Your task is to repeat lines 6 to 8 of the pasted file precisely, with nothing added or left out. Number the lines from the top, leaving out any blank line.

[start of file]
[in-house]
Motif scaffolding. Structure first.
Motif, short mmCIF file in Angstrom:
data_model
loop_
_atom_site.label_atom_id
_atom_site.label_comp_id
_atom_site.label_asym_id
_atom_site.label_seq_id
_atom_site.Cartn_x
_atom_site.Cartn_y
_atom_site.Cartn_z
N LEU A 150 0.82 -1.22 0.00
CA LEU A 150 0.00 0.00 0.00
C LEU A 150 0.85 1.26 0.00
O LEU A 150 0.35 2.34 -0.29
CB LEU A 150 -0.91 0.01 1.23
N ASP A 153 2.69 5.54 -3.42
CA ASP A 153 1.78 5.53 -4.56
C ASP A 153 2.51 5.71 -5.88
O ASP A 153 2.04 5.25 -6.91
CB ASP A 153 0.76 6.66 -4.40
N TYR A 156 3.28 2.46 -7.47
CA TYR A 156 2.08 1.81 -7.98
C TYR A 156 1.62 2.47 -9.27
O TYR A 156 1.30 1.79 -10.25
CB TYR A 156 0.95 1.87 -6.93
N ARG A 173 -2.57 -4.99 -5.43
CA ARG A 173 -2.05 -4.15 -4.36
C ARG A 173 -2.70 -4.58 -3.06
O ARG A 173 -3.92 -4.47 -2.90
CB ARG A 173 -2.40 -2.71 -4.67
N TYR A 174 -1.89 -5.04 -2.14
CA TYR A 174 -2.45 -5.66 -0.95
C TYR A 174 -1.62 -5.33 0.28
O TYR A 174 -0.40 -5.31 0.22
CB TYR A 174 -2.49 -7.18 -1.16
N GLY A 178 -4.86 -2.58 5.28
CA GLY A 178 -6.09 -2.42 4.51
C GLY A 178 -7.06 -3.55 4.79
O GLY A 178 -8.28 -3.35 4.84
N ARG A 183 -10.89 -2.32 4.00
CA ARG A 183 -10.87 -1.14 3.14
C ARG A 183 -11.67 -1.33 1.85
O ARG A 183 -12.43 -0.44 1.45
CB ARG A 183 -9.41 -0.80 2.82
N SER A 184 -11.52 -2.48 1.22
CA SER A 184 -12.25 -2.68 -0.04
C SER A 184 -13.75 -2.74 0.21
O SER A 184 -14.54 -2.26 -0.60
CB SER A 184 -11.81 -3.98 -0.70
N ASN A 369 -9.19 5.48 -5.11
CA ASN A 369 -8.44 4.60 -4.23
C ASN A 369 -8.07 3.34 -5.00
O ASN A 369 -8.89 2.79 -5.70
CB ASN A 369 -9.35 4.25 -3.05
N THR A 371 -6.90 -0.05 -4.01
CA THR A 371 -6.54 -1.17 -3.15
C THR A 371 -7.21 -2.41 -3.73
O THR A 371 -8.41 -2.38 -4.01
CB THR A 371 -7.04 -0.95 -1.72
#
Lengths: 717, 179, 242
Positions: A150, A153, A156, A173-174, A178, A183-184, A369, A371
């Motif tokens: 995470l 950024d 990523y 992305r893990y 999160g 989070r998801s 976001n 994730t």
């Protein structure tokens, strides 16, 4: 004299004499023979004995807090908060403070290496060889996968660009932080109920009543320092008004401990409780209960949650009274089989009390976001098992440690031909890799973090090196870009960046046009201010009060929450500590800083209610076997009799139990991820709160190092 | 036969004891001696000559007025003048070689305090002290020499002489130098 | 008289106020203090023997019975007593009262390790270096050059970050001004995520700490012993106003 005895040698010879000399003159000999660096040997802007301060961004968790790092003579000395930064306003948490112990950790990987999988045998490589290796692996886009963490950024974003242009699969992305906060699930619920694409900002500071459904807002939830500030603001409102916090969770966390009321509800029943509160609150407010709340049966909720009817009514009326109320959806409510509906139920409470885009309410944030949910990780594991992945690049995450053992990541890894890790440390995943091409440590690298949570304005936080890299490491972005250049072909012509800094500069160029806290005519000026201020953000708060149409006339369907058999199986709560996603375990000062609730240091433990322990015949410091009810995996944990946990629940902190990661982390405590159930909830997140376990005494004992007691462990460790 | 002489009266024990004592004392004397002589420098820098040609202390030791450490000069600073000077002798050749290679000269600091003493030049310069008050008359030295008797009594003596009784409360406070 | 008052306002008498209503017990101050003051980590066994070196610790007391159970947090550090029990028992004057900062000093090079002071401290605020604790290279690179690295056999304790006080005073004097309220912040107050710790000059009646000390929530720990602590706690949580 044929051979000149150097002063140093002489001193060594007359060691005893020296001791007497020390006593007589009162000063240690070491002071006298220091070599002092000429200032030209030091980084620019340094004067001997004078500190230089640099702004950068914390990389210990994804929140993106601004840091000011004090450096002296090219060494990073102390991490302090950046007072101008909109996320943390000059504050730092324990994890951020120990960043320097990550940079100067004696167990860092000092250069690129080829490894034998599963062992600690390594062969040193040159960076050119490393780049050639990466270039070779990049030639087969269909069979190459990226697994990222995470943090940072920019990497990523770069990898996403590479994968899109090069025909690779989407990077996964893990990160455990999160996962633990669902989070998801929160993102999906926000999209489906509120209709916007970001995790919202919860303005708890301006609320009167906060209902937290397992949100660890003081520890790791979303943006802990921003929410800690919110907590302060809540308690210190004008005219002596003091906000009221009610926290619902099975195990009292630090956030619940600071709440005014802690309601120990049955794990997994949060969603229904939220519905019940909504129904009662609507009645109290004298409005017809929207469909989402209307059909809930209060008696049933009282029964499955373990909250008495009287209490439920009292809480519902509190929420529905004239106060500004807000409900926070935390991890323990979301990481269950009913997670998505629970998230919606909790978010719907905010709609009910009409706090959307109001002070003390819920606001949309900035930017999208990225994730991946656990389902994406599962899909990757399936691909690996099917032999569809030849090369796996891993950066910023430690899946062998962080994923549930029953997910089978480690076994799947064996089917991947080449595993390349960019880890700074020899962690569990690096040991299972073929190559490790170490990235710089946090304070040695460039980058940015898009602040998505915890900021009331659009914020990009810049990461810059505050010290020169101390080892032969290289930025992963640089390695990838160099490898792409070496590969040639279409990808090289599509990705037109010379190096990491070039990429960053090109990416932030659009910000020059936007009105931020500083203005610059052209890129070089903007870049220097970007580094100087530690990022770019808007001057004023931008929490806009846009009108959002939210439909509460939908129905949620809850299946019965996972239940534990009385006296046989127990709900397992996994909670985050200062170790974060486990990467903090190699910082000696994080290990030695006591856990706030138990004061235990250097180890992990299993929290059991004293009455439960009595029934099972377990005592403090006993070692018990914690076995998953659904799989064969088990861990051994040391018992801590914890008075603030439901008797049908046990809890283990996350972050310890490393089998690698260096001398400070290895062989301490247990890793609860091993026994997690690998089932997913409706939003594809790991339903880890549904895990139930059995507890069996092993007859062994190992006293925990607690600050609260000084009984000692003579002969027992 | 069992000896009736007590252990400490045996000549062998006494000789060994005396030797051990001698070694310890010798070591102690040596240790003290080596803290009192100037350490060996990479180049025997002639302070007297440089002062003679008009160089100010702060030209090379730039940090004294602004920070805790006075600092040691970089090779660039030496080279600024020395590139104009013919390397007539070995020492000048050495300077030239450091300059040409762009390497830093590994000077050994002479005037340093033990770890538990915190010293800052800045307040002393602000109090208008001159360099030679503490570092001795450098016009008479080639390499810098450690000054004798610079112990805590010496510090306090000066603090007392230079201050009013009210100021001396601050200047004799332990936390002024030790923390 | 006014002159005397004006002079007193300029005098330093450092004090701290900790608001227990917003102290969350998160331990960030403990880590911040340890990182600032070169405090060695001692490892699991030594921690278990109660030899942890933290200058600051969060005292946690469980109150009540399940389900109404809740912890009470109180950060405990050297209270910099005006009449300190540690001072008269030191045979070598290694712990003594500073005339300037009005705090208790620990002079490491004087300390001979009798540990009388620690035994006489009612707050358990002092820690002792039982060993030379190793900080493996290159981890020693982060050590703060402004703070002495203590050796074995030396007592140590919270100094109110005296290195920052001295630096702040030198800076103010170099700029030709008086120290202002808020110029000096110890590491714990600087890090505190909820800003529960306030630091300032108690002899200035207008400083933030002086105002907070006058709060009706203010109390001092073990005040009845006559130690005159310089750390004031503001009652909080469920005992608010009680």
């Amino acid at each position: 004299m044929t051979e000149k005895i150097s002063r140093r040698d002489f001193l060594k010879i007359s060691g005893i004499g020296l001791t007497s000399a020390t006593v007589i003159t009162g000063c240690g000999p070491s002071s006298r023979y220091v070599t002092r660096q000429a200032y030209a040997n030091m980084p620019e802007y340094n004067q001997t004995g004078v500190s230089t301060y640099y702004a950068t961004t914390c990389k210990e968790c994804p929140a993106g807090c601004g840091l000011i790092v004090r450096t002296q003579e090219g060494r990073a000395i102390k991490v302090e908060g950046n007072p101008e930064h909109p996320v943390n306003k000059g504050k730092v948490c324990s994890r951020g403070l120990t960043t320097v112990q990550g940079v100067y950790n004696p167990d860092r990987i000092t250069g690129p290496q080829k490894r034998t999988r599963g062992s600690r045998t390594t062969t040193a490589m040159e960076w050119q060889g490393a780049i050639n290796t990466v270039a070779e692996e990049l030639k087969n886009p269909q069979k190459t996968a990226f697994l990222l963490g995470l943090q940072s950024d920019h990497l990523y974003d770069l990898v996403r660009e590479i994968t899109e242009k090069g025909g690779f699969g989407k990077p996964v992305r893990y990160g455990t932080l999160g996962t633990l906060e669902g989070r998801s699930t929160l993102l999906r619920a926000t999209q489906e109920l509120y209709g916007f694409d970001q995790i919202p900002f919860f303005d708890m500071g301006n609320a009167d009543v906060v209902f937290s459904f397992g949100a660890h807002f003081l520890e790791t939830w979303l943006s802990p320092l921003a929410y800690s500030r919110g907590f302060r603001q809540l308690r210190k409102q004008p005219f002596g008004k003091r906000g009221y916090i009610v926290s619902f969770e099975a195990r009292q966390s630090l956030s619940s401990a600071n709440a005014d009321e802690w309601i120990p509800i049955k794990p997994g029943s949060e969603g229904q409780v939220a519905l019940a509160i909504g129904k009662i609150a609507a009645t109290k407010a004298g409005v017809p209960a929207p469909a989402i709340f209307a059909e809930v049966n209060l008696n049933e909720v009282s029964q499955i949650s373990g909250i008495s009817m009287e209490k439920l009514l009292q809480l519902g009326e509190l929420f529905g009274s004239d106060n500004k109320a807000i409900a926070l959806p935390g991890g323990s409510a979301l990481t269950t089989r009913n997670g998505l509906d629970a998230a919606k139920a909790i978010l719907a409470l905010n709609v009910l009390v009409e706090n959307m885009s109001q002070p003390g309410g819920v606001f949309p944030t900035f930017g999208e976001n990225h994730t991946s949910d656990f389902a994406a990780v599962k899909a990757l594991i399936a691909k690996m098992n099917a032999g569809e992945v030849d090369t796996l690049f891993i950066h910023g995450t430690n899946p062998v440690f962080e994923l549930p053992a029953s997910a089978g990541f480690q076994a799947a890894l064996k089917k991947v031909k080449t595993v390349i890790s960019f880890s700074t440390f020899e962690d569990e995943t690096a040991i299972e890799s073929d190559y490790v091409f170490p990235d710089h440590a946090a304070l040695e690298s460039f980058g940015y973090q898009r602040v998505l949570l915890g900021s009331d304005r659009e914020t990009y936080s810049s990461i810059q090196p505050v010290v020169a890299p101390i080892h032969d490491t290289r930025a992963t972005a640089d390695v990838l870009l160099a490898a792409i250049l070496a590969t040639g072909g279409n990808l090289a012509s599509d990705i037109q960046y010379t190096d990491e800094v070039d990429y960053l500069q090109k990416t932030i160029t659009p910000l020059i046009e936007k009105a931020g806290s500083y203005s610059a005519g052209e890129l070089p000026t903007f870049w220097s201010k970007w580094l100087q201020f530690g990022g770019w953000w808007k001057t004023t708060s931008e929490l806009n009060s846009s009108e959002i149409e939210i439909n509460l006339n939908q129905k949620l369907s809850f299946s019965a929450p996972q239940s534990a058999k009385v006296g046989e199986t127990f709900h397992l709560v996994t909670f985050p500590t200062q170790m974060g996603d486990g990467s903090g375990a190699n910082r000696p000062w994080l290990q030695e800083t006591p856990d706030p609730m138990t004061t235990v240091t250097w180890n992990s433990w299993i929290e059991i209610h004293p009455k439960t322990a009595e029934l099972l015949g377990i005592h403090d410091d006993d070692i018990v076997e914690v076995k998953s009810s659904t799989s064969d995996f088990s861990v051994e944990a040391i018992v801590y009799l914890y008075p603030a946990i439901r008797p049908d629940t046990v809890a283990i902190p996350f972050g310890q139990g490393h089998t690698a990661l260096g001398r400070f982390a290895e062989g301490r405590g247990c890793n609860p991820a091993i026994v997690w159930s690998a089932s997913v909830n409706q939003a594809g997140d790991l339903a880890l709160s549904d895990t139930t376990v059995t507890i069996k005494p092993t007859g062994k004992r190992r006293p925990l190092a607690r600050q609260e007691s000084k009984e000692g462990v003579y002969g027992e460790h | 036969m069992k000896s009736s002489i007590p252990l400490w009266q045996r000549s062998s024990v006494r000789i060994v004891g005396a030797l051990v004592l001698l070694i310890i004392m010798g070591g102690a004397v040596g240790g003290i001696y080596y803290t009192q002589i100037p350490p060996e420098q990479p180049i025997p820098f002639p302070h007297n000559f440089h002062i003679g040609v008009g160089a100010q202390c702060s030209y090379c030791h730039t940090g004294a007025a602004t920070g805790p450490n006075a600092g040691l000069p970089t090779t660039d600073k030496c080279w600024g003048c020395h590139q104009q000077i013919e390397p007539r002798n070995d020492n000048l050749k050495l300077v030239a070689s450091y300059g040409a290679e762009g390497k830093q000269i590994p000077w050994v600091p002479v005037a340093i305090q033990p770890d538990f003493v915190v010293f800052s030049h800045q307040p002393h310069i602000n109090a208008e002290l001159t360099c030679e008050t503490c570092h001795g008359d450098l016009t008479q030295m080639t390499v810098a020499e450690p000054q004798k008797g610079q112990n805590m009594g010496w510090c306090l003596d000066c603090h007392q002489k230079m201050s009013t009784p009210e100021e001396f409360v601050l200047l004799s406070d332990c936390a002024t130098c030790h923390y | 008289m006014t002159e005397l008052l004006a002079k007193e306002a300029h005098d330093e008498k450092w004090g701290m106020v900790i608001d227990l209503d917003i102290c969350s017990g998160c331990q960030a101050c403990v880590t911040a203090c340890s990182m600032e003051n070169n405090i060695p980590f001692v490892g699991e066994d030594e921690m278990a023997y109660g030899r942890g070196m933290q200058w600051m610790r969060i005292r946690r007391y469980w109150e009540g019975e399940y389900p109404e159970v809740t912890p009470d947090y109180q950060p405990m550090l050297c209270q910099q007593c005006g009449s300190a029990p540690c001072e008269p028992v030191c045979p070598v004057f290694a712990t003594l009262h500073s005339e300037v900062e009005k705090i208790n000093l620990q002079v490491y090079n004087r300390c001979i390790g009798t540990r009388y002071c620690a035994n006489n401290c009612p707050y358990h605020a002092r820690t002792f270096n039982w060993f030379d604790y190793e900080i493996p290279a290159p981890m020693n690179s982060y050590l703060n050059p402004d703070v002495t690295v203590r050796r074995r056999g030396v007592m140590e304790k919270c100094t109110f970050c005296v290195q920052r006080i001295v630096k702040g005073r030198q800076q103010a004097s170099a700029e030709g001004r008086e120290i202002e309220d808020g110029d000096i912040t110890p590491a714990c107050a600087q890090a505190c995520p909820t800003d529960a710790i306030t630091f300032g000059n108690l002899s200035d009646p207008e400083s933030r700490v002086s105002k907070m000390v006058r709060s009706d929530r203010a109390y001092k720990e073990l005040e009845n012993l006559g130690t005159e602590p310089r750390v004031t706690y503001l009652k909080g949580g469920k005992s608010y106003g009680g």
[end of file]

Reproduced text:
_atom_site.label_atom_id
_atom_site.label_comp_id
_atom_site.label_asym_id